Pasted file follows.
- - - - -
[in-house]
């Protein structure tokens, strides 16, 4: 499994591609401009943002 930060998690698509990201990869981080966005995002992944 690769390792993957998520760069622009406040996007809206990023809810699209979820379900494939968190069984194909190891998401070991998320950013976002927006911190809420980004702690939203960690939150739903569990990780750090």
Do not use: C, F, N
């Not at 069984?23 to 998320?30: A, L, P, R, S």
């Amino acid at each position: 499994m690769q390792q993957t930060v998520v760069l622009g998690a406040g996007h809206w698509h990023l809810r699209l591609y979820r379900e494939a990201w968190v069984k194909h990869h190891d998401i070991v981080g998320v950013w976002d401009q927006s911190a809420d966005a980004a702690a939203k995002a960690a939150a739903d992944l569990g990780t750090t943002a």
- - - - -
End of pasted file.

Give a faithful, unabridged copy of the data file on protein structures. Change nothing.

[in-house]
């Protein structure tokens, strides 16, 4: 499994591609401009943002 930060998690698509990201990869981080966005995002992944 690769390792993957998520760069622009406040996007809206990023809810699209979820379900494939968190069984194909190891998401070991998320950013976002927006911190809420980004702690939203960690939150739903569990990780750090």
Do not use: C, F, N
């Not at 069984?23 to 998320?30: A, L, P, R, S």
């Amino acid at each position: 499994m690769q390792q993957t930060v998520v760069l622009g998690a406040g996007h809206w698509h990023l809810r699209l591609y979820r379900e494939a990201w968190v069984k194909h990869h190891d998401i070991v981080g998320v950013w976002d401009q927006s911190a809420d966005a980004a702690a939203k995002a960690a939150a739903d992944l569990g990780t750090t943002a």